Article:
Costing us more

The politically incestuous black oligarchy that has developed in Barbados over the past 50 years, and that exercises control over our system of national governance, possesses little or no confidence in the abilities of the Barbadian people, and is constantly looking “outside” to the white American and European foreigner for Barbados’ economic salvation!

A case in point is the current Democratic Labour Party government’s embarrassingly fulsome embrace of the American multi-national company known as Cost-U-Less. Apparently every conceivable concession is to be given to encourage Cost-U-Less to come to Barbados and to set up a big supermarket to sell consumer items to us Barbadians.

Why, after nearly 400 years of the Barbadian people engaging in the import-based distributive trade, we need to virtually pay an American multi-national company to come and set up a supermarket to sell to us and to take their profits out of our country, is beyond comprehension!

Our Minister of Finance, Chris Sinckler, prates on and on about the Cost-U-Less supermarket constituting a “foreign investment” in our country, but he does not seem to realise that the road to dependence on foreign investors is the road to an over-all entrenched system of economic dependency and the exploitation and poverty of spirit that such a system engenders.

By all means, let us have foreign investment where the foreigner is bringing some new high technology enterprise that we don’t already possess, for in such a case the benefits of the investment will, in all likelihood, outweigh the deleterious effects. But, surely, we don’t need to entice foreign investors to come to Barbados to grab hold of chunks of an industry that we are already intimately familiar with.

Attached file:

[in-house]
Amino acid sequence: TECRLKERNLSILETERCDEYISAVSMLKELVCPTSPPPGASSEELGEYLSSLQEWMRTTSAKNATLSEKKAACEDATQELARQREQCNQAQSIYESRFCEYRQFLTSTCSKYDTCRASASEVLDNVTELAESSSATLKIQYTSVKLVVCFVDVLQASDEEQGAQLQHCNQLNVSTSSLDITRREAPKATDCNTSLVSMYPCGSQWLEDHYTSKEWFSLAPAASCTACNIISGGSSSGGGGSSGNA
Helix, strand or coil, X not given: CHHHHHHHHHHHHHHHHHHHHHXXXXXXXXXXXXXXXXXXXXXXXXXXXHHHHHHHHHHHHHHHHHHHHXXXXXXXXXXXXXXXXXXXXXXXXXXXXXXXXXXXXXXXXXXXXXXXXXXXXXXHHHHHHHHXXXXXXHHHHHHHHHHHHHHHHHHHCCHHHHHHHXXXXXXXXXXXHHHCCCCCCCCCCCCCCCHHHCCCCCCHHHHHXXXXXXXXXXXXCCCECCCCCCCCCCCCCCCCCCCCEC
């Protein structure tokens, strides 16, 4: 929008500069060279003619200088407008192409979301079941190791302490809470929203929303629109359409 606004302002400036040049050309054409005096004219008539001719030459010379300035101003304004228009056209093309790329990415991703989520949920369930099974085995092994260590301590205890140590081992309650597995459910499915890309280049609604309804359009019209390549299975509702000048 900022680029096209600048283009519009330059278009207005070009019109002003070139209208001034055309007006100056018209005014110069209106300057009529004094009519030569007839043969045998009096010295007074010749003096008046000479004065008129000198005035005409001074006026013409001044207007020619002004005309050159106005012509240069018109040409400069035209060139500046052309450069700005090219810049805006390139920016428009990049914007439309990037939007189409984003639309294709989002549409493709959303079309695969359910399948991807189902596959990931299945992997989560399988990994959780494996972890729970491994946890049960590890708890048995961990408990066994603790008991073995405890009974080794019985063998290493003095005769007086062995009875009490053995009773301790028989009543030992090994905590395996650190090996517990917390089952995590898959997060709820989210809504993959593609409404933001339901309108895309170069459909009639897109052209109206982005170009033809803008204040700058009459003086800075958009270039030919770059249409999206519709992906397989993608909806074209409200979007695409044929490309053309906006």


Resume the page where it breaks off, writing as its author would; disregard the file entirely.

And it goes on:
If our Government felt that Barbados needed a new mega-supermarket, then surely the correct approach should have been for Government to take the initiative to assemble a group of strategically chosen Barbadian business-persons possessed of the relevant expertise, to sell them the idea, and to work with them to establish the new enterprise. But unfortunately, this type of self-respecting, independent thinking seems to be beyond the capacity of our nouveau riche oligarchical “political class”.

The Peoples Empowerment Party subscribes to the view that development — genuine development — in any organism has to come from within that organism! Thus, we would like to see our country adopt an “indigenising” approach to development that is based on the concept of us identifying what our resources are — natural, cultural, intellectual, human — taking hold of these resources, and working with them in such a way that we add value to them and in the process develop ourselves and our nation.

If we had such an approach to development we would have long ago recognised that we possess many national resources that are pregnant with potential for development! A short list of such national resources would include — our unique sea island cotton, solar energy technology, black belly sheep, our credit union expertise, Barbados antique furniture, our literary musical and visual artists, Bajan hot peppers and cherries, our expertise in education, our style of tropical architecture, our cricket tradition, Barbados sugar and rum, our “national” airline, and the list goes on.

And so, instead of looking for Europeans and North Americans to come to Barbados and do something for us, we would have organised ourselves to take hold of these national resources, to develop them for ourselves, and to sell them to the rest of the world!

* David Comissiong is president of the Peoples Empowerment Party.

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